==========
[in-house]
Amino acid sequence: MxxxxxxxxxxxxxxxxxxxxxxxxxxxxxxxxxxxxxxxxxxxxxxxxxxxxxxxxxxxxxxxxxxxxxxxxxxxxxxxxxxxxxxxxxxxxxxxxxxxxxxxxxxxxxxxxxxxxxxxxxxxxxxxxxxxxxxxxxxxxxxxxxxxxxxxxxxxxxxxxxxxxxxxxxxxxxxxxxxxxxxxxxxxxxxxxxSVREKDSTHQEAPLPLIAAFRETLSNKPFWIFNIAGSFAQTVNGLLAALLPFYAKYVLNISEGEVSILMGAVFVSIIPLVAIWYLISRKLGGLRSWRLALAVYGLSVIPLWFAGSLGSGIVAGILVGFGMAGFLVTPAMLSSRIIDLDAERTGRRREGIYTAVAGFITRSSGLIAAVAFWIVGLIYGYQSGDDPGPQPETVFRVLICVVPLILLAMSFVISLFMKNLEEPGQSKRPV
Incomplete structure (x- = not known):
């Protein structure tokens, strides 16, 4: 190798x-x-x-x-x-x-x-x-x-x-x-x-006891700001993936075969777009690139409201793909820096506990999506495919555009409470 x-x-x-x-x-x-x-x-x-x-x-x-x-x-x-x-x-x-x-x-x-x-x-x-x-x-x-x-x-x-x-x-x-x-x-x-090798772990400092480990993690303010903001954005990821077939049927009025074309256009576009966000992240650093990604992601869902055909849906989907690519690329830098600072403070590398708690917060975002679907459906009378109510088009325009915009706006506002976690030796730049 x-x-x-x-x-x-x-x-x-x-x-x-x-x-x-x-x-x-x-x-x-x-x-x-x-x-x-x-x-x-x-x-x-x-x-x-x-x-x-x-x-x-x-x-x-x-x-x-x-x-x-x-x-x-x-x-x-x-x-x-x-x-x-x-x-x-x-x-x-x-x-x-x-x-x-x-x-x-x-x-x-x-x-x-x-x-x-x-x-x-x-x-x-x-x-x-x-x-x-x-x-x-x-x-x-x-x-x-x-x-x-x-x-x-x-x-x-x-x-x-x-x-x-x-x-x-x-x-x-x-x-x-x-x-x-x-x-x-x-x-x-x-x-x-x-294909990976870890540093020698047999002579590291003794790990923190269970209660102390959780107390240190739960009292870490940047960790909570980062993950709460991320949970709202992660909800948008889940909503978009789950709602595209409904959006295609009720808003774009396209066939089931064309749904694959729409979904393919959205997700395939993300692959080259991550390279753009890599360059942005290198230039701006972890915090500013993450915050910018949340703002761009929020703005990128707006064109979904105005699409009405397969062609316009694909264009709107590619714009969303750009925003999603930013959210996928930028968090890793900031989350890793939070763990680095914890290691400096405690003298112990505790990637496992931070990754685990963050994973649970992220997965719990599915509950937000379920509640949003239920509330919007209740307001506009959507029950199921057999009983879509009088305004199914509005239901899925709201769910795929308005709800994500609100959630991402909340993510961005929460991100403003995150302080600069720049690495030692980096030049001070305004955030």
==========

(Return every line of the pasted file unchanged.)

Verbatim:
[in-house]
Amino acid sequence: MxxxxxxxxxxxxxxxxxxxxxxxxxxxxxxxxxxxxxxxxxxxxxxxxxxxxxxxxxxxxxxxxxxxxxxxxxxxxxxxxxxxxxxxxxxxxxxxxxxxxxxxxxxxxxxxxxxxxxxxxxxxxxxxxxxxxxxxxxxxxxxxxxxxxxxxxxxxxxxxxxxxxxxxxxxxxxxxxxxxxxxxxxxxxxxxxxSVREKDSTHQEAPLPLIAAFRETLSNKPFWIFNIAGSFAQTVNGLLAALLPFYAKYVLNISEGEVSILMGAVFVSIIPLVAIWYLISRKLGGLRSWRLALAVYGLSVIPLWFAGSLGSGIVAGILVGFGMAGFLVTPAMLSSRIIDLDAERTGRRREGIYTAVAGFITRSSGLIAAVAFWIVGLIYGYQSGDDPGPQPETVFRVLICVVPLILLAMSFVISLFMKNLEEPGQSKRPV
Incomplete structure (x- = not known):
């Protein structure tokens, strides 16, 4: 190798x-x-x-x-x-x-x-x-x-x-x-x-006891700001993936075969777009690139409201793909820096506990999506495919555009409470 x-x-x-x-x-x-x-x-x-x-x-x-x-x-x-x-x-x-x-x-x-x-x-x-x-x-x-x-x-x-x-x-x-x-x-x-090798772990400092480990993690303010903001954005990821077939049927009025074309256009576009966000992240650093990604992601869902055909849906989907690519690329830098600072403070590398708690917060975002679907459906009378109510088009325009915009706006506002976690030796730049 x-x-x-x-x-x-x-x-x-x-x-x-x-x-x-x-x-x-x-x-x-x-x-x-x-x-x-x-x-x-x-x-x-x-x-x-x-x-x-x-x-x-x-x-x-x-x-x-x-x-x-x-x-x-x-x-x-x-x-x-x-x-x-x-x-x-x-x-x-x-x-x-x-x-x-x-x-x-x-x-x-x-x-x-x-x-x-x-x-x-x-x-x-x-x-x-x-x-x-x-x-x-x-x-x-x-x-x-x-x-x-x-x-x-x-x-x-x-x-x-x-x-x-x-x-x-x-x-x-x-x-x-x-x-x-x-x-x-x-x-x-x-x-x-x-294909990976870890540093020698047999002579590291003794790990923190269970209660102390959780107390240190739960009292870490940047960790909570980062993950709460991320949970709202992660909800948008889940909503978009789950709602595209409904959006295609009720808003774009396209066939089931064309749904694959729409979904393919959205997700395939993300692959080259991550390279753009890599360059942005290198230039701006972890915090500013993450915050910018949340703002761009929020703005990128707006064109979904105005699409009405397969062609316009694909264009709107590619714009969303750009925003999603930013959210996928930028968090890793900031989350890793939070763990680095914890290691400096405690003298112990505790990637496992931070990754685990963050994973649970992220997965719990599915509950937000379920509640949003239920509330919007209740307001506009959507029950199921057999009983879509009088305004199914509005239901899925709201769910795929308005709800994500609100959630991402909340993510961005929460991100403003995150302080600069720049690495030692980096030049001070305004955030």